In the News
 
Hibbing Daily Tribune
 
Minnesota Department of Human Services (DHS) Commissioner Lucinda Jesson was in Hibbing to learn about a program that helps Iron Range school children receive mental health services.
 
Educators, counselors, mental health advocates, representatives from Range Mental Health and parents of children who receive school-based services met with Jesson to tell her about what’s happening with school-based mental health programs in northern St. Louis County.
 
“I said: ‘Governor, we really need to do more across our state of what they’re doing in Virginia and Hibbing and up on the Range,’” [Jesson] said.
 
In his budget, Dayton is proposing to double the capacity of schools for mental health prevention and early intervention services. If the funding goes through, it would provide services for about 14,000 additional students at 840 additional school sites.


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Building a Better Minnesota: Improving Mental Health Services

Posted on February 18, 2013 at 8:00 AM
Categories: Budget, Health

Children’s Mental Health Services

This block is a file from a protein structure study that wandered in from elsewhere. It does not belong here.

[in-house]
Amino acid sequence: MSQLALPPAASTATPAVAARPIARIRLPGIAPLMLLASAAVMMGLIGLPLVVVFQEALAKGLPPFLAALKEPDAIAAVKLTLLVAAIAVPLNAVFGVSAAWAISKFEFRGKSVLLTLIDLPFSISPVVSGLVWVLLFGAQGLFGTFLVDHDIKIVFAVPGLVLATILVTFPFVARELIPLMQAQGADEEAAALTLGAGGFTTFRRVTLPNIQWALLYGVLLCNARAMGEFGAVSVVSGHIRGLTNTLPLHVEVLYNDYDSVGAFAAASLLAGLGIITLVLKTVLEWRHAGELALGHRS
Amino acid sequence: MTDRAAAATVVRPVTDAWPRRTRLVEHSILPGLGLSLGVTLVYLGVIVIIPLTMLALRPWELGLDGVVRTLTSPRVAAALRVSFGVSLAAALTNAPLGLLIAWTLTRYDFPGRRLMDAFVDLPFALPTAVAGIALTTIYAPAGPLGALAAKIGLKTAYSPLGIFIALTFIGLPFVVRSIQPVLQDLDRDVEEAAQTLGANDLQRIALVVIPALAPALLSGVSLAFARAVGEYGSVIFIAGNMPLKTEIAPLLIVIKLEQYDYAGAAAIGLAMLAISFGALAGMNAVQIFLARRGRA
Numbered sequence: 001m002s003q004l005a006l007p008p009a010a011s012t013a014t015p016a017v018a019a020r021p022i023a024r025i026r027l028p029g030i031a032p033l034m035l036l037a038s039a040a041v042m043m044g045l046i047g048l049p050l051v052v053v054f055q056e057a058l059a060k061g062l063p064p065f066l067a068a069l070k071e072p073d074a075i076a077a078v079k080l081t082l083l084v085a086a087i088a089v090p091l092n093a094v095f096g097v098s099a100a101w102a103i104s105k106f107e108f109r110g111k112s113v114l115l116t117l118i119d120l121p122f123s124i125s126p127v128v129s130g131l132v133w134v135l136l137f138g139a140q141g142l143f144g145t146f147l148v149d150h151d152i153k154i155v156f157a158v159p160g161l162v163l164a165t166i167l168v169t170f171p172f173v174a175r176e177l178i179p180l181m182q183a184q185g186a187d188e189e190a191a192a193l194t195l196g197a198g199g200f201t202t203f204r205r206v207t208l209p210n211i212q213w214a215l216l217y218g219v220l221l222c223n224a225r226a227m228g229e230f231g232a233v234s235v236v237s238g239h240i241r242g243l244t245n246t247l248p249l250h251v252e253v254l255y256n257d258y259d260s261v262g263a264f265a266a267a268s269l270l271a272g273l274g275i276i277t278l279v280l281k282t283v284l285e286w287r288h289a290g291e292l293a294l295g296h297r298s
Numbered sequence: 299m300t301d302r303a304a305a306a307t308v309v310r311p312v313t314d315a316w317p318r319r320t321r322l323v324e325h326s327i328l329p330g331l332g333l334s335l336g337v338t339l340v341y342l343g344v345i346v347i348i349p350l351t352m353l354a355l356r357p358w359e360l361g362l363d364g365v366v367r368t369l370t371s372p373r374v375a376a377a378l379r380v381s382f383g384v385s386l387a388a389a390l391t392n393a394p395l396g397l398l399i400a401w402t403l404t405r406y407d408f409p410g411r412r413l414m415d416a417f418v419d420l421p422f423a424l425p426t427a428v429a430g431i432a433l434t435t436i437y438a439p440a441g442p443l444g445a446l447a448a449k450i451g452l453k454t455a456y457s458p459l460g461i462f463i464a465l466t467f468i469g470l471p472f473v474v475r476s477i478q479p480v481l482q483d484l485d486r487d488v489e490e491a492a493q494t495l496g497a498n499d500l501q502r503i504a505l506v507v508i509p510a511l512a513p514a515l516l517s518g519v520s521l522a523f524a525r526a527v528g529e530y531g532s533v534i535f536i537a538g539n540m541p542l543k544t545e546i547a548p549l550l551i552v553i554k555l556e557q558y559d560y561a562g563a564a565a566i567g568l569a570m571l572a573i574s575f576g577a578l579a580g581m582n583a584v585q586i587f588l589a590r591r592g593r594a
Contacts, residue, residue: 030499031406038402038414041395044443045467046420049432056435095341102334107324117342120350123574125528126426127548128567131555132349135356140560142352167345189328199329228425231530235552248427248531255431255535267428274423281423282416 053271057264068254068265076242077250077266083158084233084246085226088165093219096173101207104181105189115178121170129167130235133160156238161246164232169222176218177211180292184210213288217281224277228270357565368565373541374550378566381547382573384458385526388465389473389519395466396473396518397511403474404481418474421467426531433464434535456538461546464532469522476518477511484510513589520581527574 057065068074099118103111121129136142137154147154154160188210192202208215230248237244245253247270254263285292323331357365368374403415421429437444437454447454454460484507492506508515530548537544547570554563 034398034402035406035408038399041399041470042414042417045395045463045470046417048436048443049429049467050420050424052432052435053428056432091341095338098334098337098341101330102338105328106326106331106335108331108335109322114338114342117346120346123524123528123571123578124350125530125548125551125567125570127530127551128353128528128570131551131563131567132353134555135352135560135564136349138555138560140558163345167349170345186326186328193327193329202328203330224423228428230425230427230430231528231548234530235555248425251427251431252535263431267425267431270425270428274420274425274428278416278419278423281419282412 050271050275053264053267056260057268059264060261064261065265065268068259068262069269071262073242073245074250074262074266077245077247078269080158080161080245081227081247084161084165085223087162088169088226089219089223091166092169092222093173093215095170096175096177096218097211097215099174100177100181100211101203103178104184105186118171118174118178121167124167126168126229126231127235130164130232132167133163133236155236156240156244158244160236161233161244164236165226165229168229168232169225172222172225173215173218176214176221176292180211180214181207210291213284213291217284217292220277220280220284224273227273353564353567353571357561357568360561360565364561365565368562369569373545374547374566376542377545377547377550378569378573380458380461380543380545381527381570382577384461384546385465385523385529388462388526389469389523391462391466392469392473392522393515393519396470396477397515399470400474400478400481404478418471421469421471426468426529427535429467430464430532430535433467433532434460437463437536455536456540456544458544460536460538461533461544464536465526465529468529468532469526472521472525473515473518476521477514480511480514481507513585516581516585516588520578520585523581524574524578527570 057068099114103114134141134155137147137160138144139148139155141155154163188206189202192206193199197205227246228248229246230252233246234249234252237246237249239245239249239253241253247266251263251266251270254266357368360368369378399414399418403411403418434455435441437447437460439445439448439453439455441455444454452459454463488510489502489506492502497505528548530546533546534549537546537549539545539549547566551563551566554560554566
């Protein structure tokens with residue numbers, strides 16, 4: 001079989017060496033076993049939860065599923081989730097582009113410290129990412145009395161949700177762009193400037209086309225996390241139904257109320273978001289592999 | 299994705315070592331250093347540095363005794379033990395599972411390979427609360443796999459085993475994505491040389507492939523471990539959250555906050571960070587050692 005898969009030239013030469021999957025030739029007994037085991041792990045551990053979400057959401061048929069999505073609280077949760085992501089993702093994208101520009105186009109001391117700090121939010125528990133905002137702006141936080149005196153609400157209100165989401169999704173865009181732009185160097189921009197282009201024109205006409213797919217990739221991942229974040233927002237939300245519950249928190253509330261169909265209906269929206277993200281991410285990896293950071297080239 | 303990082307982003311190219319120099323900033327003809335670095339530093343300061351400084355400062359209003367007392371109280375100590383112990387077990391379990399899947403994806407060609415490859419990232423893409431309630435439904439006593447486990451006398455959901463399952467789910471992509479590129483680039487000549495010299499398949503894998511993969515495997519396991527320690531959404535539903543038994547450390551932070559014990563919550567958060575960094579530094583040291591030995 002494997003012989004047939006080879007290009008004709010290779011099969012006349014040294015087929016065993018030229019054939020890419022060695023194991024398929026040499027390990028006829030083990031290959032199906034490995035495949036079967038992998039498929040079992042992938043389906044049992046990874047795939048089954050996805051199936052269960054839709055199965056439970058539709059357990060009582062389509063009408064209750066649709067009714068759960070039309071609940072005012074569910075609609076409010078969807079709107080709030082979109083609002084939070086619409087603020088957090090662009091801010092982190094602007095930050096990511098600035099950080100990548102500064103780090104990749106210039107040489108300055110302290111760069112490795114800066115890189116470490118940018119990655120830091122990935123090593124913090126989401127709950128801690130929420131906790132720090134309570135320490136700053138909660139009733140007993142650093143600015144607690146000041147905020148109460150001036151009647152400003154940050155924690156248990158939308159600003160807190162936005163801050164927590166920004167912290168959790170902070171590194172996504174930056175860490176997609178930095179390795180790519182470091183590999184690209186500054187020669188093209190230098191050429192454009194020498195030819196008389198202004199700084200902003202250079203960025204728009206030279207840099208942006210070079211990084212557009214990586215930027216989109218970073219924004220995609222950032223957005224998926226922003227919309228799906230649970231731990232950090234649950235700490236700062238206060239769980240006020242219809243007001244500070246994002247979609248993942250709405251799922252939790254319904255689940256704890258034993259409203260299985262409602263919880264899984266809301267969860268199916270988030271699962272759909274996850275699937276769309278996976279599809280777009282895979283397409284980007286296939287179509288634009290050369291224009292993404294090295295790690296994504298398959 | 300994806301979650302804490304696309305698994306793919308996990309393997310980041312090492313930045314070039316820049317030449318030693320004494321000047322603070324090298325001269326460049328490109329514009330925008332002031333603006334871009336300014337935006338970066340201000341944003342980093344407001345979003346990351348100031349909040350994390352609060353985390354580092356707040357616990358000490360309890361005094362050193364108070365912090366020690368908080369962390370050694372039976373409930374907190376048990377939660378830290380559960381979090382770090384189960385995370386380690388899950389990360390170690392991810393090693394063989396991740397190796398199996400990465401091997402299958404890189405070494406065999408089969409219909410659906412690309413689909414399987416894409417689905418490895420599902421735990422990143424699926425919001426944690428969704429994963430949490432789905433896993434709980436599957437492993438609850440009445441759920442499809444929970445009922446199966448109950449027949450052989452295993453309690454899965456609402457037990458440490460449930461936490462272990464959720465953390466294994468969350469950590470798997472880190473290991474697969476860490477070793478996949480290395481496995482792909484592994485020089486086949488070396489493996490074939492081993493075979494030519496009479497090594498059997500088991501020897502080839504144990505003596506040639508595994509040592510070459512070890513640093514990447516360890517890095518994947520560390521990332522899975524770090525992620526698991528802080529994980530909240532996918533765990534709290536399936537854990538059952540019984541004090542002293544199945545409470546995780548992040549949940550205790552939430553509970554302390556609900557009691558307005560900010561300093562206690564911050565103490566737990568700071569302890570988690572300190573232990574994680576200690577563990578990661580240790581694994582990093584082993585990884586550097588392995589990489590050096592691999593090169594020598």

In order to help all our children achieve success in school and life, Minnesota must provide additional funding to improve access to mental health support and counseling for Minnesota kids. The Governor’s budget invests $7.4 million to expand school-linked mental health grants, doubling the number of Minnesota schools that can offer essential mental health services to students while they are at school. An estimated 13,900 students would gain access to these mental health services annually by 2017.

Having a child that requires mental health services can be difficult on their families. It is necessary to provide support for these students and families at home. The Governor’s budget would provide funds for an initiative to teach parents and siblings skills that will help them support a child’s mental health treatment at home, in addition to counseling.

A growing number of Minnesota kids have been diagnosed with Autism in the past few years. The Governor’s budget would expand access to quality treatment and services to help kids with Autism improve their communication skills and increase social interaction at a critical time in their development. About 440 kids would gain access to these treatments and services by 2014 and 880 kids would gain coverage each year starting in 2015.


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Today in the Budget

Posted on February 15, 2013 at 11:37 AM
Categories: Budget, Greater Minnesota, Health, Education

Today in the News

Star Tribune
For some Minnesota businesses, sales tax debate is all about fairness

Don't tell Wendy Brown that a business can't charge a sales tax and survive. She's been collecting the tax every time she gives a Schnauzer or a golden doodle a shampoo and a clip at her shop in south Minneapolis. So to her, Gov. Mark Dayton's proposal to lower the tax rate and spread it to a wider variety of businesses -- such as hair salons for humans -- is about fairness.